Juneau, Alaska (KINY) - Alaska Congressman Don Young talked about the passage of the Alaska Tourism Restoration Act, economic diversification, and the possibilities of energy production in Alaska while at the Juneau Chamber of Commerce's weekly luncheon.
Congressman Young began talking about the passage of the Alaska Tourism Restoration Act, and said it was an interesting battle, with as he put it "two fronts were attacking us." The two he pointed out were the Centers of Disease Control and Prevention's restrictions as well as Canada's actions around the Jones Act, which prohibits ships of non-US registration to travel from one American port directly to another.
Young pointed out that the Senate version of the act was not found to be germane since there was a tax provision within the bill which he said was against the rules since the Senate cannot create monies. In discussion with congressional leadership, he said that they agreed to use his bill in the House and for it to be sent to the Senate.
When Young talked about the President signing the bill he had said that President Trump signed the bill, but corrected himself and said President Biden signed it, remarking "Listen I've been with ten presidents, part of it gets mixed up."
On the whole of the process of passing the act, Young commented "We hope it will be the beginning of the end of this constant battle between Nations and a Federal Agency, not recognizing the importance of the tourist industry in this state."
Young is already considering the future and thought of an idea to prevent a situation like this from happening again. He posed the idea during the speech that the foreign port for ships to travel to get to Alaska could be the island of Metlakatla, the only Indian Reserve in the State. "We will avoid Canada, period." He said for folks in Metlakatla however, not to get excited since he thinks it'll take a while to happen.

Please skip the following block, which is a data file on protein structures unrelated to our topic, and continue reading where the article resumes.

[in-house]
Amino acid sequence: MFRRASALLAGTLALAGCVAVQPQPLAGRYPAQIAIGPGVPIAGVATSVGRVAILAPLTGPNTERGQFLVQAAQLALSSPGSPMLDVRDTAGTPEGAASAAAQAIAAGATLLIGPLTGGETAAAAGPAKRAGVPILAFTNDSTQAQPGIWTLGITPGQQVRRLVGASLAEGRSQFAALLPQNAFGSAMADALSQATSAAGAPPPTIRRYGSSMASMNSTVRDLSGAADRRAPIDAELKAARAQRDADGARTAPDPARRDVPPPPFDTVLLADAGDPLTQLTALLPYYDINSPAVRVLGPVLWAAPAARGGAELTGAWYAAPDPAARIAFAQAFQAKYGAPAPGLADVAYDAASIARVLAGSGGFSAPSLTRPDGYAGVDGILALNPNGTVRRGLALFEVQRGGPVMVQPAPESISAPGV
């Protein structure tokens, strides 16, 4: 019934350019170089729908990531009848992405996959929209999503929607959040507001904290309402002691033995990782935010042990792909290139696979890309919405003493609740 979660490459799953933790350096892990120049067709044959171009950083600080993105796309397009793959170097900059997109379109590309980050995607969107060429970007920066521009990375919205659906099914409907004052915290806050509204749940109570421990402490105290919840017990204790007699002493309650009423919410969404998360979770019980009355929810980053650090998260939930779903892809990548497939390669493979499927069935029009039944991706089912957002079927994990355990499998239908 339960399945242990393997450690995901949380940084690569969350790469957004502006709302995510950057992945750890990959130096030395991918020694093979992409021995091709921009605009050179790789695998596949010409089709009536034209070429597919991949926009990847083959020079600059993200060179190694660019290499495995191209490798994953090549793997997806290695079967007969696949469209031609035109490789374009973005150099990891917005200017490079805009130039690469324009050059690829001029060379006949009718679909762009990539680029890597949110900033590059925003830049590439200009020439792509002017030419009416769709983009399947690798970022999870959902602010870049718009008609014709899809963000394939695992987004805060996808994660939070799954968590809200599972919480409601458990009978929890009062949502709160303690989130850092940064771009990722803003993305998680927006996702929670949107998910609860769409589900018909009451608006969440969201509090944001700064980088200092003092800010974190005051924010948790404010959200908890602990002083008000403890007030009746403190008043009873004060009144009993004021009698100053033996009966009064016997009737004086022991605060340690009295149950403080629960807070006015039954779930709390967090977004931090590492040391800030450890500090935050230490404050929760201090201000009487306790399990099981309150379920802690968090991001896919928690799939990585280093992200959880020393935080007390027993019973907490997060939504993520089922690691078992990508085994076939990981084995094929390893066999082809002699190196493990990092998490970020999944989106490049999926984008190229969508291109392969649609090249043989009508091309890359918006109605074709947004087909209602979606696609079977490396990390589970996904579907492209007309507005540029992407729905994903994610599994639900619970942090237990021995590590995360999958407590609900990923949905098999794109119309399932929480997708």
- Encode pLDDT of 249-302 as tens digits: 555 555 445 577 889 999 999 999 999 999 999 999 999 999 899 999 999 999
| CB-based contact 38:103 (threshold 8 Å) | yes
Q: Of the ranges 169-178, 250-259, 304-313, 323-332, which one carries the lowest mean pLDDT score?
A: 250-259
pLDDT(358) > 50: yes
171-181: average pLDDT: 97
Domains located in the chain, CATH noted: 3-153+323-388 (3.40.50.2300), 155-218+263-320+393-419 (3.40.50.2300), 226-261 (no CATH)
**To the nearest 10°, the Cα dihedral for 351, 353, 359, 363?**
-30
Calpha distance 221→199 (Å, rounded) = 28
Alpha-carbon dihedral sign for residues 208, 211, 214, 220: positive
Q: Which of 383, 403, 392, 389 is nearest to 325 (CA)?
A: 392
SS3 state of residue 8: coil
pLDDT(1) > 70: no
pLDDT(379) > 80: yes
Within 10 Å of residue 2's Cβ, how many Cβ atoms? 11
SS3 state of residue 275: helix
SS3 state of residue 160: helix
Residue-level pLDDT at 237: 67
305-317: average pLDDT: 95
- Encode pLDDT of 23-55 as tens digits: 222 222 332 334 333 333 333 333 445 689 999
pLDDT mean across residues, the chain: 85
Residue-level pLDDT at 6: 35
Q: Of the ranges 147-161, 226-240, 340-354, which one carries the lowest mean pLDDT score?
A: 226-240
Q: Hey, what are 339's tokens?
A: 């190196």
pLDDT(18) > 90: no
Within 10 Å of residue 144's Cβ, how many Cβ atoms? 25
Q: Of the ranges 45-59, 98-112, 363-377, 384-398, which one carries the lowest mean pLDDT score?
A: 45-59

After the loss of tourism, Young said he hopes everyone learned a lesson. "Don't get so dependant on one income, that's really what happened to us." He added that the lesson goes for the whole state as it's too dependant on oil. He said that the state shouldn't depend on one industry and that the state should have tourism, timber, mining, oil, and manufacturing.
Young said he had a meeting with investors, and they talked about coming to Alaska about energy and power in Alaska. He said that the state ought to have power from what is available in the state. Geothermal, Hydro, and Wind were mentioned, saying that the state is not using them correctly. With the means like hydropower, he said "There shouldn't be a community in Southeast burning diesel fuel."
Young wanted to make the Chamber aware that in the last 14 months, the nation spent more money than in World War Two total. Citing that 4 trillion was spent in the war noting that the number is in "cheap dollars", but said that it was exceeded by approximately 14 trillion dollars. He warned that inflation is hitting sooner than some expected. He called for a sound power base of economic strength and to stop spending more than the nation has, rather it should be spending when the nation produces more.
At the close of his speech, he highlighted the strengths of Alaska's resources, saying that "everything you need to have is here," and added that "It's gonna be your job, and the future of this great state to make sure it's developed for the good of man, not stagnating for the good of man, but developed."
Meanwhile, this luncheon was the first to be held in person by the Chamber since the beginning of the COVID pandemic. Juneau Chamber President Eric Forst was asked what it is like to be in person again, He said it was really refreshing and that it was great to welcome everybody and shake their hand. He called it "a nice return to normal."